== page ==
* The rain in South Bangalore, especially in JP Nagar/Puttenahalli has been less compared to other parts of Bangalore. After the first showers in end May, it has been raining in our area only for the past three or four days. If it continues for the rest of the monsoon (till end Sept/Oct in Blr), the level will increase beyond any doubt.

* The diversion channel is working very well and is one of the reasons why we do have so much water in the lake. In fact, the force has been so much that the granite stones placed below the new inlet got dislodged. To break the force and to collect floating plastic, we got BBMP to build a couple of steps. 

Steps to break the force, and for a stepped waterfall! 

* This year there is a substantial inflow from South City side as well.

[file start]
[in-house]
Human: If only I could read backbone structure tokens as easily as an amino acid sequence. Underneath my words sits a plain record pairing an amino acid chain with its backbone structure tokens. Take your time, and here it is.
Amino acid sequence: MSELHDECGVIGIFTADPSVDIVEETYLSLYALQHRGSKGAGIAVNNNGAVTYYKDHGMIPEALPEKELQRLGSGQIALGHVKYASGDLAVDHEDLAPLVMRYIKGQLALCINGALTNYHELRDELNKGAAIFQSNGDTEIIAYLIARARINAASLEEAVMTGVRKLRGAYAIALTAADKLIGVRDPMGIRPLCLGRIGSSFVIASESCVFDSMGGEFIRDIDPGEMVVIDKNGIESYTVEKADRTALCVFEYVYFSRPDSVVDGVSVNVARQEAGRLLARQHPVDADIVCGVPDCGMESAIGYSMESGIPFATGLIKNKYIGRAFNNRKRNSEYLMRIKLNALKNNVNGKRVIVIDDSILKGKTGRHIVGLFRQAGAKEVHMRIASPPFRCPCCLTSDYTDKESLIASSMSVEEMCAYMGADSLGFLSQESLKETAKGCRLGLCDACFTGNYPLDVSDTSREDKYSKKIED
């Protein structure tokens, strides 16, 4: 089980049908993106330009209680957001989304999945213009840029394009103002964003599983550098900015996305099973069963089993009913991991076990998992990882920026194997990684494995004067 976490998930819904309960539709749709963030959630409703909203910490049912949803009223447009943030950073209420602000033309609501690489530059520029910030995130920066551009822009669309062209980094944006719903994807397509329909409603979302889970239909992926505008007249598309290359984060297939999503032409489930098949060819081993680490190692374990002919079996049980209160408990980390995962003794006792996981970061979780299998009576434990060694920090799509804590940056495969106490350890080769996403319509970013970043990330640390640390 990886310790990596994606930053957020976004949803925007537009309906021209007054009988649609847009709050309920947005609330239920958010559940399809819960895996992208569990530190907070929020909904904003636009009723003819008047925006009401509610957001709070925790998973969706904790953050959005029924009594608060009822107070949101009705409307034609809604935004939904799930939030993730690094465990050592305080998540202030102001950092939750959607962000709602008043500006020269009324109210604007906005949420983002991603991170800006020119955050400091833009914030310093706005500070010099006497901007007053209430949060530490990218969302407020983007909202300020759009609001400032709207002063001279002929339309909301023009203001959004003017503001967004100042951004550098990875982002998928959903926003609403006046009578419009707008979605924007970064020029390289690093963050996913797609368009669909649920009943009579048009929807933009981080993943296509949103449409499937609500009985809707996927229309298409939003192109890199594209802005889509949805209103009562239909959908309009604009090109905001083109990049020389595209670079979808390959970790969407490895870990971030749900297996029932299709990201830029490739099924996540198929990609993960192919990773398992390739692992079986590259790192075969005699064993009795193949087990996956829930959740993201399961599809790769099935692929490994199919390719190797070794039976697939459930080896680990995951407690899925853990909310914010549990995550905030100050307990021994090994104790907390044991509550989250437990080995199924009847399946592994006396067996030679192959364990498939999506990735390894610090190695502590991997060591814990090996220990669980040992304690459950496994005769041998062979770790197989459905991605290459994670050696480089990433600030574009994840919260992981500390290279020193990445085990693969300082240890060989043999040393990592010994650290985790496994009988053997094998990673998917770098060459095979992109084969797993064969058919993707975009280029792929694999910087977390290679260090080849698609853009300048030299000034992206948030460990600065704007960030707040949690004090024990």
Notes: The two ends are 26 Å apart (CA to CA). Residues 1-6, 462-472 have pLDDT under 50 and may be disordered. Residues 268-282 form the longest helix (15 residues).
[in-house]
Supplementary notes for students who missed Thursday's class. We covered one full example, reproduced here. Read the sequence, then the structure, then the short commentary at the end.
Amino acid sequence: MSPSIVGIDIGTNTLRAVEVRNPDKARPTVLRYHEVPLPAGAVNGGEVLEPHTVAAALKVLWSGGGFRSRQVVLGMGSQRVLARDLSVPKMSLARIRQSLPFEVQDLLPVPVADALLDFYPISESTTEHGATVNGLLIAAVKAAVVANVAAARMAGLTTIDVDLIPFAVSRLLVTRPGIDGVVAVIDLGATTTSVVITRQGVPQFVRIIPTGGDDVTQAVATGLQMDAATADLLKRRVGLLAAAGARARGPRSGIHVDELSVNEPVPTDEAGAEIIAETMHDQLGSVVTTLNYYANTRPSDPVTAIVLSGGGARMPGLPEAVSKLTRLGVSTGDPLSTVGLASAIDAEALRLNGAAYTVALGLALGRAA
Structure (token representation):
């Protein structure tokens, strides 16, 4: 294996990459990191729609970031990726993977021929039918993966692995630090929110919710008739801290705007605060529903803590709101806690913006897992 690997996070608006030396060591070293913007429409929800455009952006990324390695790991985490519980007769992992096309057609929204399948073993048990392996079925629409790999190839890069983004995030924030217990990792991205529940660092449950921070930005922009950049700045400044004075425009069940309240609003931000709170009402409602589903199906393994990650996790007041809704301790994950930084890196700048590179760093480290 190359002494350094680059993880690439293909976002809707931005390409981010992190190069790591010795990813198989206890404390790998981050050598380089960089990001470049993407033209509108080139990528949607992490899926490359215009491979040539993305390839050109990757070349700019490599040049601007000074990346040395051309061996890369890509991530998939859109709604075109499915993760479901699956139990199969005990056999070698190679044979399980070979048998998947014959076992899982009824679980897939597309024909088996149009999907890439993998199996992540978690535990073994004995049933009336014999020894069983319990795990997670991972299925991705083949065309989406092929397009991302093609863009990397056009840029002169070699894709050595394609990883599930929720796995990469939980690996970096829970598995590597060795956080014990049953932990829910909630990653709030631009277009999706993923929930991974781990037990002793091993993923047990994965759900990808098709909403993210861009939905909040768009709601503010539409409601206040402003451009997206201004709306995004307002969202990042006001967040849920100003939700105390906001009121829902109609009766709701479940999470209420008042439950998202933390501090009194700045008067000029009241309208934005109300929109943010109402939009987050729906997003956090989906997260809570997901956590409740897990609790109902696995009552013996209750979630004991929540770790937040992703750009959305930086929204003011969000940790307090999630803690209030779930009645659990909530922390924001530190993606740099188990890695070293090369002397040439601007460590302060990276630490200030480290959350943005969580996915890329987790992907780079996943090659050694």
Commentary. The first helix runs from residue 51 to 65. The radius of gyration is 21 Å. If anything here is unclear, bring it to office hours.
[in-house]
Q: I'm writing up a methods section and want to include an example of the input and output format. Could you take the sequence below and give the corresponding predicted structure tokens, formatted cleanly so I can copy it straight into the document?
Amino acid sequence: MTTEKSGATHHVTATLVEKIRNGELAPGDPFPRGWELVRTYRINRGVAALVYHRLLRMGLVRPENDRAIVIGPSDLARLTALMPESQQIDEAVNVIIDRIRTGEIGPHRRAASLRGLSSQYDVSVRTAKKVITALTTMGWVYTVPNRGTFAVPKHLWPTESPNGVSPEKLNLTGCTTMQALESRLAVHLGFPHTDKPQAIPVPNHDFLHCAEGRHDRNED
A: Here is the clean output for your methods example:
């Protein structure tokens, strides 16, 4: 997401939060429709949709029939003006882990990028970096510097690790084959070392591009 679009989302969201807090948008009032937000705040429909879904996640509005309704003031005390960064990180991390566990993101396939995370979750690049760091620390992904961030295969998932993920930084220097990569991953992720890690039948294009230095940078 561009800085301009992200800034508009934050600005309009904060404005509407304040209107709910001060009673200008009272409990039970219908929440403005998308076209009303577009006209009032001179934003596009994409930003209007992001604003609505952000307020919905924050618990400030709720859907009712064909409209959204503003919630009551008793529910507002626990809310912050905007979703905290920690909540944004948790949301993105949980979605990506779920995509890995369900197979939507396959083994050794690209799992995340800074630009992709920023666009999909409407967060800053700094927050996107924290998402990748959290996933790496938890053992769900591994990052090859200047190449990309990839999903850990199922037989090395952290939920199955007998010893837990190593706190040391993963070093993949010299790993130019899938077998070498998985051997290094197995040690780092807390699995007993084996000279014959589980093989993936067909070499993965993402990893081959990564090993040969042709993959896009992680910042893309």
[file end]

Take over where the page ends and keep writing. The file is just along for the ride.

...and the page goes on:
* The alligator weed is growing so rampantly on the lake bed that it covers the water. We are taking steps to get the weed removed. It could prove to be costly as we intend to get it done with our funds, and not through BBMP.

Several of our regular visitors have made it a point to visit the lake just after a shower to see the water flowing into the lake. One of them, Rajesh Agrawal from Brigade Millennium took a short video last evening, that you can watch on Youtube here.

Seeing is indeed believing!


Wednesday, August 14, 2013

The pix tell it all!

Delightful sights at Puttenahalli Lake, 12th Aug 2013.

Growing tall... the Sheesham tree at the viewing deck

In bloom... the Sampige tree near the security cabin 

Nesting waters... mother Coot with three chicks

(Pics: Usha Rajagopalan)

Sunday, August 11, 2013

PNLIT loses an invaluable patron

It is with very deep sorrow that I bring the news of the demise of eminent bird watcher, long time Secretary of the Bombay Natural History Society, Padmashri Zafar Futehally today afternoon at Mumbai.